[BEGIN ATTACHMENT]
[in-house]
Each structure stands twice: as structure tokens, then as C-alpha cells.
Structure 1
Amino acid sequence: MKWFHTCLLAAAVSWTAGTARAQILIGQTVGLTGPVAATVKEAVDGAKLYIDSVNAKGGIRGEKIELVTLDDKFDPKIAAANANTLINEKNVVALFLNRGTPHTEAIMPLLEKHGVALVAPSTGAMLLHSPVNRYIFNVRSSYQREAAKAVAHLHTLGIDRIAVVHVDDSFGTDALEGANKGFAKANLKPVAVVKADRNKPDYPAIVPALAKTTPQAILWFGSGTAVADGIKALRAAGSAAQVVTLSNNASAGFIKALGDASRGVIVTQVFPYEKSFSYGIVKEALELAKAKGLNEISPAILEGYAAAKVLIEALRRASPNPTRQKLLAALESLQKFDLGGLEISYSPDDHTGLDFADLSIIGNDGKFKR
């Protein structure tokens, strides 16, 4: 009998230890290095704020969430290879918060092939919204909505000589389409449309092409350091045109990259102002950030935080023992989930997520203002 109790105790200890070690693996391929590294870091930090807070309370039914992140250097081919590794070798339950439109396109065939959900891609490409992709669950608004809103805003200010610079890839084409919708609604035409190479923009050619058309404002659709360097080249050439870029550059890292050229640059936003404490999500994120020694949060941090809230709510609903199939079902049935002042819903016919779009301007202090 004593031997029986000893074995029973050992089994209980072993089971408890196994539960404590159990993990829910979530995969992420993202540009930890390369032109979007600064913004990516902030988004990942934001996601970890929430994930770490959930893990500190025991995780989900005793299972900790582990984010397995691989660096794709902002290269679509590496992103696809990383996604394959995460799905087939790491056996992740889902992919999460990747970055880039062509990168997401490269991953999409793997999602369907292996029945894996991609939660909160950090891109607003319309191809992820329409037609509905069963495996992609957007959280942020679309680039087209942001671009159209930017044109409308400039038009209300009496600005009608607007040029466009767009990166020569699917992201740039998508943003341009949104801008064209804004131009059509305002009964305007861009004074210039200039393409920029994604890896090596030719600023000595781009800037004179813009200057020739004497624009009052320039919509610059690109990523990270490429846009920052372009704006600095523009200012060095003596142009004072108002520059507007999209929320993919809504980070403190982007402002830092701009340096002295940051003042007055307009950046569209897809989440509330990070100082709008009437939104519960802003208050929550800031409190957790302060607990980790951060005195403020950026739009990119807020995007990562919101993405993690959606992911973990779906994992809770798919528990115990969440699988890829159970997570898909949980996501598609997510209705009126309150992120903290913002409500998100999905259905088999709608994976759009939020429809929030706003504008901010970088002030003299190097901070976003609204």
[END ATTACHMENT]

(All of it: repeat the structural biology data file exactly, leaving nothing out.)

[in-house]
Each structure stands twice: as structure tokens, then as C-alpha cells.
Structure 1
Amino acid sequence: MKWFHTCLLAAAVSWTAGTARAQILIGQTVGLTGPVAATVKEAVDGAKLYIDSVNAKGGIRGEKIELVTLDDKFDPKIAAANANTLINEKNVVALFLNRGTPHTEAIMPLLEKHGVALVAPSTGAMLLHSPVNRYIFNVRSSYQREAAKAVAHLHTLGIDRIAVVHVDDSFGTDALEGANKGFAKANLKPVAVVKADRNKPDYPAIVPALAKTTPQAILWFGSGTAVADGIKALRAAGSAAQVVTLSNNASAGFIKALGDASRGVIVTQVFPYEKSFSYGIVKEALELAKAKGLNEISPAILEGYAAAKVLIEALRRASPNPTRQKLLAALESLQKFDLGGLEISYSPDDHTGLDFADLSIIGNDGKFKR
């Protein structure tokens, strides 16, 4: 009998230890290095704020969430290879918060092939919204909505000589389409449309092409350091045109990259102002950030935080023992989930997520203002 109790105790200890070690693996391929590294870091930090807070309370039914992140250097081919590794070798339950439109396109065939959900891609490409992709669950608004809103805003200010610079890839084409919708609604035409190479923009050619058309404002659709360097080249050439870029550059890292050229640059936003404490999500994120020694949060941090809230709510609903199939079902049935002042819903016919779009301007202090 004593031997029986000893074995029973050992089994209980072993089971408890196994539960404590159990993990829910979530995969992420993202540009930890390369032109979007600064913004990516902030988004990942934001996601970890929430994930770490959930893990500190025991995780989900005793299972900790582990984010397995691989660096794709902002290269679509590496992103696809990383996604394959995460799905087939790491056996992740889902992919999460990747970055880039062509990168997401490269991953999409793997999602369907292996029945894996991609939660909160950090891109607003319309191809992820329409037609509905069963495996992609957007959280942020679309680039087209942001671009159209930017044109409308400039038009209300009496600005009608607007040029466009767009990166020569699917992201740039998508943003341009949104801008064209804004131009059509305002009964305007861009004074210039200039393409920029994604890896090596030719600023000595781009800037004179813009200057020739004497624009009052320039919509610059690109990523990270490429846009920052372009704006600095523009200012060095003596142009004072108002520059507007999209929320993919809504980070403190982007402002830092701009340096002295940051003042007055307009950046569209897809989440509330990070100082709008009437939104519960802003208050929550800031409190957790302060607990980790951060005195403020950026739009990119807020995007990562919101993405993690959606992911973990779906994992809770798919528990115990969440699988890829159970997570898909949980996501598609997510209705009126309150992120903290913002409500998100999905259905088999709608994976759009939020429809929030706003504008901010970088002030003299190097901070976003609204």